Monday, July 1, 2019

Spider-Man takes a European vacation

Can Peter Parker grow beyond his Queens neighborhood? Far From Home answers the question in passable fashion.
Whatever emotional kick you’ll find in Spider-Man: Far From Home comes from Robert Downey Jr.’s Iron Man. Don't get me wrong. Downey’s character isn't present. But Iron Man’s absence adds poignancy to a story in which 16-year-old Peter Parker wonders whether he’s capable of filling Iron Man’s shoes.

Riding the emotional wave that Marvel set off in Avengers: End Game, Spider-Man: Far From Home turns out to be a serviceable entry into the Marvel repertoire: a collection of less-than-impressively realized action, a surfeit of good-natured humor, and an appealing young cast headed by stand-out Tom Holland as Spider-Man.

This edition takes Spider-Man abroad. Peter Parker (Holland) joins his high-school class on a trip to Europe. Stops include Venice, Prague, and London as the story hop-scotches across cities that are threatened with destruction by creatures called Elementals: i.e., earth, water, and fire monsters that wreak havoc. Can any Marvel movie be considered complete without reducing some part of a major city to rubble?

In this edition, Spider-Man's classmates graduate to slightly larger roles. Zendaya portrays MJ, the girl who has stolen Peter Parker’s heart. Jacob Batalon plays Ned, Peter's best friend, a nerdy kid who this times winds up with a girlfriend (Angourie Rice).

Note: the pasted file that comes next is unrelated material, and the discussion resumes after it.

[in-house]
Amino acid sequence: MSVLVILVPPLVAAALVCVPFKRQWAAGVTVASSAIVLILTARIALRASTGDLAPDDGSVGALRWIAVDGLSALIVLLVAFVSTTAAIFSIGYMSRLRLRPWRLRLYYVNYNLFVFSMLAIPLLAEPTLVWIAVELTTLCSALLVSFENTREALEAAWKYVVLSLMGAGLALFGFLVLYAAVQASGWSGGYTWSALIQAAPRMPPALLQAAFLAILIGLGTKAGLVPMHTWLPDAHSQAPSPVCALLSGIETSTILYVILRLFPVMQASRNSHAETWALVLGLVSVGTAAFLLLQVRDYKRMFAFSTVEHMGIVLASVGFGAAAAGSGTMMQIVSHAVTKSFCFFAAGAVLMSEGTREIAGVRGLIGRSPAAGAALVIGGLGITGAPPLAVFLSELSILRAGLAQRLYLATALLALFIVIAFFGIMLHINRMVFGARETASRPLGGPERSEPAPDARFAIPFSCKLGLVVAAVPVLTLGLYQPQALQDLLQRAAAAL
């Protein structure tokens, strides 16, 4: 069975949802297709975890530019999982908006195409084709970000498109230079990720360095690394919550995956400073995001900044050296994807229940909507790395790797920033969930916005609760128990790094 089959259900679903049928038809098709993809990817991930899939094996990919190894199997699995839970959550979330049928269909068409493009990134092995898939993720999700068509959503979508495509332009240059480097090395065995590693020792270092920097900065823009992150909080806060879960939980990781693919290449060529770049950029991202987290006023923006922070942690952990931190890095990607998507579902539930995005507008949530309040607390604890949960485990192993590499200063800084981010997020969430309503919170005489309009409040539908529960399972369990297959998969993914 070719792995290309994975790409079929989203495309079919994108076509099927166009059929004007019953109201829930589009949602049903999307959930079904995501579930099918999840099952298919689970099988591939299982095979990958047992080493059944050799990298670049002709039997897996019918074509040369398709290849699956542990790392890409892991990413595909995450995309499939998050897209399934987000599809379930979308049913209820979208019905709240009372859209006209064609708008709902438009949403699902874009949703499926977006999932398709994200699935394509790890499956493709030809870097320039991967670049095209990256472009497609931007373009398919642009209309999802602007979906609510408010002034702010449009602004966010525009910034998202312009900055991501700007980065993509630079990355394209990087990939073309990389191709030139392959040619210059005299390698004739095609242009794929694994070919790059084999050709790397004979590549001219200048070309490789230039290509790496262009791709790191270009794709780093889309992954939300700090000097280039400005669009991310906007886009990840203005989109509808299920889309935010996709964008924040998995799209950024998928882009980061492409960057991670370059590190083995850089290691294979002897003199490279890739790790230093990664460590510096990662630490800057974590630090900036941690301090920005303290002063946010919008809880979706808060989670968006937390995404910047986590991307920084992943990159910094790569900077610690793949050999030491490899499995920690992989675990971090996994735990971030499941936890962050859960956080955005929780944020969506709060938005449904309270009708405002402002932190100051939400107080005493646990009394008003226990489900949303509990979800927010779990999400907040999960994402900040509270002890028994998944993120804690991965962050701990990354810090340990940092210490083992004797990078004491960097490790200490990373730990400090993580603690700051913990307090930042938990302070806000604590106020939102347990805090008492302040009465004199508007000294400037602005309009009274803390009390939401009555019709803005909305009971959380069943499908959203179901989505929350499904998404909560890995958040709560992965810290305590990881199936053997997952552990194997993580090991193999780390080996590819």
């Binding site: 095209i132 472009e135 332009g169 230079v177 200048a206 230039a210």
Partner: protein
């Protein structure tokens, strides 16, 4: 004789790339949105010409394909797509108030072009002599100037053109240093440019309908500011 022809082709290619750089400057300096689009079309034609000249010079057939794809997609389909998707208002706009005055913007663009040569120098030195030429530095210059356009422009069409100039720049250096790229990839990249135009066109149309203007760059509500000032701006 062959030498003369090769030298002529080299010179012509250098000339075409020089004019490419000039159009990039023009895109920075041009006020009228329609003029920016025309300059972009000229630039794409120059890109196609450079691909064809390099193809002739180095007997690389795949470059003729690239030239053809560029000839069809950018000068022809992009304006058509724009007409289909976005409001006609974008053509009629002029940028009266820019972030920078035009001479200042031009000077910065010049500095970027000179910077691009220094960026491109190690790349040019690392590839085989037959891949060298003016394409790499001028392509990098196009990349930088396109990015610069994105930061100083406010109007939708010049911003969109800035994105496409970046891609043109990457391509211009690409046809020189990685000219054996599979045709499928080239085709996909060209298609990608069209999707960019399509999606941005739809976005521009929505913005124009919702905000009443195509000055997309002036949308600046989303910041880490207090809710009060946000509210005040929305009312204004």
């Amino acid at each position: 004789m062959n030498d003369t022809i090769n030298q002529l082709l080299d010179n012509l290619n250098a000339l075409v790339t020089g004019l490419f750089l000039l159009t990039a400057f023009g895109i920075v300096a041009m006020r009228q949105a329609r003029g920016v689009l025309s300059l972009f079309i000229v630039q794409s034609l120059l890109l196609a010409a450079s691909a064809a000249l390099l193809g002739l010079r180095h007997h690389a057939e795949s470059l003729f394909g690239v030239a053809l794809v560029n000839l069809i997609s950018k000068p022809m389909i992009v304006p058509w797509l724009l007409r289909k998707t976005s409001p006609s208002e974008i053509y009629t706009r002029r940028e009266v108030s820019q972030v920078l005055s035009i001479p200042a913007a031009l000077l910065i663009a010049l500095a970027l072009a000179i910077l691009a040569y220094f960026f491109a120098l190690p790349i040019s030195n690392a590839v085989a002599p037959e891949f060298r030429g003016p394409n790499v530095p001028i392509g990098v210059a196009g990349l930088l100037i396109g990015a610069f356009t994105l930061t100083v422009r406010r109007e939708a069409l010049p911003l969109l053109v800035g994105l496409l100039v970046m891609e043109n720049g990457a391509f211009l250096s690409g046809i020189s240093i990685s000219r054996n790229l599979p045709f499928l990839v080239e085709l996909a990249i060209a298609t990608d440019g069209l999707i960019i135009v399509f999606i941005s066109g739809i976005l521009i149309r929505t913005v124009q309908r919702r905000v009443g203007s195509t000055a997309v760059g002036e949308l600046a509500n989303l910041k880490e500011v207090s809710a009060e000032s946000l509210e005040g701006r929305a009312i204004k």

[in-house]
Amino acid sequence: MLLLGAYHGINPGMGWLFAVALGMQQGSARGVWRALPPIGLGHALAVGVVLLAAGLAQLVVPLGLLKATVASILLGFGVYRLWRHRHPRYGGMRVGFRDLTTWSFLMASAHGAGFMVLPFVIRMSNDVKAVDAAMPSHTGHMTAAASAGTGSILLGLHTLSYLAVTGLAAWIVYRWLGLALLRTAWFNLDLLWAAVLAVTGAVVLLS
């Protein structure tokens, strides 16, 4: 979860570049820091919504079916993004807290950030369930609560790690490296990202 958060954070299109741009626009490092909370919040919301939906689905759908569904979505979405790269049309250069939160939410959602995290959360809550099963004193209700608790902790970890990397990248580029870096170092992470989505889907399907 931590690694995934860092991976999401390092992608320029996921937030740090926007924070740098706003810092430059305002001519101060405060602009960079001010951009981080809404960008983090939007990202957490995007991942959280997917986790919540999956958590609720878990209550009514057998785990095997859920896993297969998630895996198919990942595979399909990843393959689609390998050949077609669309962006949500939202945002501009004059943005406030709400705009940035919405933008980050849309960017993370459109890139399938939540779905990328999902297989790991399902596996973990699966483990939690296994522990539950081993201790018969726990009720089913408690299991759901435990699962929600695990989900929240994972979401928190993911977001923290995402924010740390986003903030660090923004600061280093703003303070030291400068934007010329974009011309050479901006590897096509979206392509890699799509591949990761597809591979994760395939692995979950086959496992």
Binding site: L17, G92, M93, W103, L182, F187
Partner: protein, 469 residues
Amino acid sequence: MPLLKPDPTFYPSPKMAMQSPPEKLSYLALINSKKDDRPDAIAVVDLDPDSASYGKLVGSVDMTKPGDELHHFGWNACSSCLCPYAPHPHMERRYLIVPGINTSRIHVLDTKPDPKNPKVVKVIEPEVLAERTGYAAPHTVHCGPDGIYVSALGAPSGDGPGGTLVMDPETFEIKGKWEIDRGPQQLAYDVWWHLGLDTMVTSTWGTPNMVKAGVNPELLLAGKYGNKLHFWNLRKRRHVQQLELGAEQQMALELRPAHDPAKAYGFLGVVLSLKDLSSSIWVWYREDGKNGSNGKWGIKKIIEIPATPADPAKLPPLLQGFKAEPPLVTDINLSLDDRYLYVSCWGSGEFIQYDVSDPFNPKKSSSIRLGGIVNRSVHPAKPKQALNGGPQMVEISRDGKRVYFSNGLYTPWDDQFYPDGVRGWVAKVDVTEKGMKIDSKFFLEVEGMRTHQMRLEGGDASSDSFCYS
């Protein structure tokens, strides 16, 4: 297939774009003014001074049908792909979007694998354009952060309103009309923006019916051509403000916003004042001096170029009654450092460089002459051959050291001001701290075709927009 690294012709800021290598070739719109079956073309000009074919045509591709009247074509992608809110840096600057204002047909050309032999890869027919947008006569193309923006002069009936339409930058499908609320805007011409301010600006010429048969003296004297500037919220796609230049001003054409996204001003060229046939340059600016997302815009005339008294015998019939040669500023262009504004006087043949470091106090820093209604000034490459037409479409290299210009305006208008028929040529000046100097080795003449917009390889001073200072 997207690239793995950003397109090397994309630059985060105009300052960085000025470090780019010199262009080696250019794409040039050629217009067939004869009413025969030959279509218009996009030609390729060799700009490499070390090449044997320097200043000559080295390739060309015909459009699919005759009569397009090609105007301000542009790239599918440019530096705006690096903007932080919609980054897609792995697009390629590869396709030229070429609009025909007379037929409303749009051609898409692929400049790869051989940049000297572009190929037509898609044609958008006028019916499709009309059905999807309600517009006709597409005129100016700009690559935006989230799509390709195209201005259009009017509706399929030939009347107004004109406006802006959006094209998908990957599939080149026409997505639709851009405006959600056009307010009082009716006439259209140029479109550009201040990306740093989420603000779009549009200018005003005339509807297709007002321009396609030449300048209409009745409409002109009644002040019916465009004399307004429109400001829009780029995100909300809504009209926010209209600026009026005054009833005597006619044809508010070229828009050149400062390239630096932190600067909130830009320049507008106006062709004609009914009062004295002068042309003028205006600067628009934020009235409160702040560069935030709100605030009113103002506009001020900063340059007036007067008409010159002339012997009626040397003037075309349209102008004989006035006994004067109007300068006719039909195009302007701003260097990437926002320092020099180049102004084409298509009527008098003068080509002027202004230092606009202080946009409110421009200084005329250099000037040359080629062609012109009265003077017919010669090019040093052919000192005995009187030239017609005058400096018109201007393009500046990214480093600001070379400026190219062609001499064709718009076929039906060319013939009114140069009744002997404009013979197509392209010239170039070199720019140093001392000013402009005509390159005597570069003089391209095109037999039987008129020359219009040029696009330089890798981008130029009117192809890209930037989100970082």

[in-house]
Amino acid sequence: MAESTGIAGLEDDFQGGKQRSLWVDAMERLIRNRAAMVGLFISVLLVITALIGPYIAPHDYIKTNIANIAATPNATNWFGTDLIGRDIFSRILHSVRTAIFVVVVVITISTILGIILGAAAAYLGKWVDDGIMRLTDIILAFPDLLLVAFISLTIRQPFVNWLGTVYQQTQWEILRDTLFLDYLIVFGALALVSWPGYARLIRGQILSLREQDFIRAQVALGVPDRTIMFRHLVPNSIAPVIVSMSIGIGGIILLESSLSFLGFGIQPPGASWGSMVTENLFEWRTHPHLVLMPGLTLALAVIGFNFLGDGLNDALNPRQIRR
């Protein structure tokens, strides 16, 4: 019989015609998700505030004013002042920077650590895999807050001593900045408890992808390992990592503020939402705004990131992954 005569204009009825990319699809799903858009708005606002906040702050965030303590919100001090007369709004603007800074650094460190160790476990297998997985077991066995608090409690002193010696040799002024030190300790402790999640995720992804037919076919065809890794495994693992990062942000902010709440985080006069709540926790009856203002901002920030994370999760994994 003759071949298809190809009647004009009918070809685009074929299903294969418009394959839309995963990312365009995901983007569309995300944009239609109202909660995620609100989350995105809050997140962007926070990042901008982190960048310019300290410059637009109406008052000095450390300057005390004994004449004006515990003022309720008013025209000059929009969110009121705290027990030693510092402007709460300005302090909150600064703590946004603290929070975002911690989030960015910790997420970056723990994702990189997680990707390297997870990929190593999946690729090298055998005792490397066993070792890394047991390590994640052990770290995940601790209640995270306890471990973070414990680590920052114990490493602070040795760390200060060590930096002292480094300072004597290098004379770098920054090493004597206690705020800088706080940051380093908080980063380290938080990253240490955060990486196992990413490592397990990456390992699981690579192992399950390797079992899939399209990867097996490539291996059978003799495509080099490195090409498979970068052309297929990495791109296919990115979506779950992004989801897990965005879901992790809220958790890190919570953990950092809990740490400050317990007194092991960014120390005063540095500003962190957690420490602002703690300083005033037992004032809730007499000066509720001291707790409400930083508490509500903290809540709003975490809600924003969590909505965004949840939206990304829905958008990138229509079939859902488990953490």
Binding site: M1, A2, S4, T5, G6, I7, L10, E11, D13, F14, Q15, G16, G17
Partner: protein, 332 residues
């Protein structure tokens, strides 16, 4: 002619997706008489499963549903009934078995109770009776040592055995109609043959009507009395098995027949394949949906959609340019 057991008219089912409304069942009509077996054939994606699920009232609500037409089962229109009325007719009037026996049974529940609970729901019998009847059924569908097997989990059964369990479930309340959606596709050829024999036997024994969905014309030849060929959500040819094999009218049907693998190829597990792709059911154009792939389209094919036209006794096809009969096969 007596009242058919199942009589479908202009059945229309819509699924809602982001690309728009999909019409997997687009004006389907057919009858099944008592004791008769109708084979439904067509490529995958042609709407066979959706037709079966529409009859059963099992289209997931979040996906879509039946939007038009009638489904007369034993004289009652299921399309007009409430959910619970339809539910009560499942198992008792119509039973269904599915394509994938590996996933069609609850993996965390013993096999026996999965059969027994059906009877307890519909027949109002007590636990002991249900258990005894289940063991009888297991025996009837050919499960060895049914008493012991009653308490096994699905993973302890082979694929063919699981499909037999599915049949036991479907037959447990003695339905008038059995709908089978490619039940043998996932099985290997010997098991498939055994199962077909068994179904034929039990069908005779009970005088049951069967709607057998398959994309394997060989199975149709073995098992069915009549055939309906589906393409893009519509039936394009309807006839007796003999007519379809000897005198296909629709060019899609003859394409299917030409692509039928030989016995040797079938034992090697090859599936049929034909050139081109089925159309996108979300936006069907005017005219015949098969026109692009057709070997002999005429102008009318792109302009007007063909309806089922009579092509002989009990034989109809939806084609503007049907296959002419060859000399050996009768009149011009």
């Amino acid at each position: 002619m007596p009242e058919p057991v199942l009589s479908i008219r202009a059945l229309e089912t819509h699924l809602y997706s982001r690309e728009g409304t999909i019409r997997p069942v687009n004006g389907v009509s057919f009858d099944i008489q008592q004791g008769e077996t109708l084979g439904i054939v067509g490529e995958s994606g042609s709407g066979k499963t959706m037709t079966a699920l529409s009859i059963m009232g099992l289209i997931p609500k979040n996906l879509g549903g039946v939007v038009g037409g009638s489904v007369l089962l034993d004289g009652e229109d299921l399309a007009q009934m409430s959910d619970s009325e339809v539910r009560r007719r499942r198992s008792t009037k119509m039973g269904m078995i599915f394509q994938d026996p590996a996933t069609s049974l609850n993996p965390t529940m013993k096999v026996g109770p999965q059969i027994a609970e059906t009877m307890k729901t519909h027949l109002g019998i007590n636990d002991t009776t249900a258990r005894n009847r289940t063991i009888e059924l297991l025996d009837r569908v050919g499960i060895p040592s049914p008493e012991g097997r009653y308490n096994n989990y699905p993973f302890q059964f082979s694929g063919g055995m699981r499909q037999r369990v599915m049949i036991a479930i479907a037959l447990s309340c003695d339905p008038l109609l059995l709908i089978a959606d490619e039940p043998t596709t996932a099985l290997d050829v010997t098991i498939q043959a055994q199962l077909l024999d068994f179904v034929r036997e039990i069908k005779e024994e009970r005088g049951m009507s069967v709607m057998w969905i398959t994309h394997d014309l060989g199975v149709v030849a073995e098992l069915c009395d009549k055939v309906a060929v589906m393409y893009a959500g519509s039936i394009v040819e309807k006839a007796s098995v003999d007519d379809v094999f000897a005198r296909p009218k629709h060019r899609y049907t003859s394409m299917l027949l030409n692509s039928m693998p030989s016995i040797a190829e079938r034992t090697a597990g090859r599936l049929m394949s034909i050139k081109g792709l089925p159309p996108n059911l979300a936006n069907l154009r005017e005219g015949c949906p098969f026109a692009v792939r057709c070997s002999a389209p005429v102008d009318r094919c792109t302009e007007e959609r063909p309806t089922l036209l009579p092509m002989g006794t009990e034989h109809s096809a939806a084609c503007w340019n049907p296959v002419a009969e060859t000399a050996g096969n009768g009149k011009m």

Marisa Tomei returns as Aunt May; Jon Favreau appears as Happy, Tony Stark's former bodyguard and chauffeur; and Samuel L. Jackson, looking less than enthusiastic, reprises his role as Nick Fury, the head of the outfit that runs the Avengers.

Added to the mix is Mysterio, a superhero portrayed by Jake Gyllenhaal. Mysterio wears a helmet that looks like a some dropped a fishbowl on his head; he also has an alter ego. Out of uniform, he's Quentin Beck.

Super-sensitive about spoilers, Columbia Pictures has encouraged critics not to ruin the movie’s surprises. I won’t say more, except to note that not all of them have the hoped-for kick.

Holland works hard to be the energetic and conflicted, the not entirely mature Spider-Man that we’ve come to expect, and, yes, his naïveté and sincerity prove engaging.

All in all, this edition of Spider-Man is not only far from home, but it’s also far from being a disaster. Far From Home unfolds without giving offense or ascending into the upper ranks of Marvel's unending list of movies. Put another way: Far From Home passes muster.

But, know this, as well, Far From Home hardly lays a glove on the much more imaginative, Oscar-winning Spider-Man: Into the Spider-Verse, 2019’s Oscar winner for best-animated feature.

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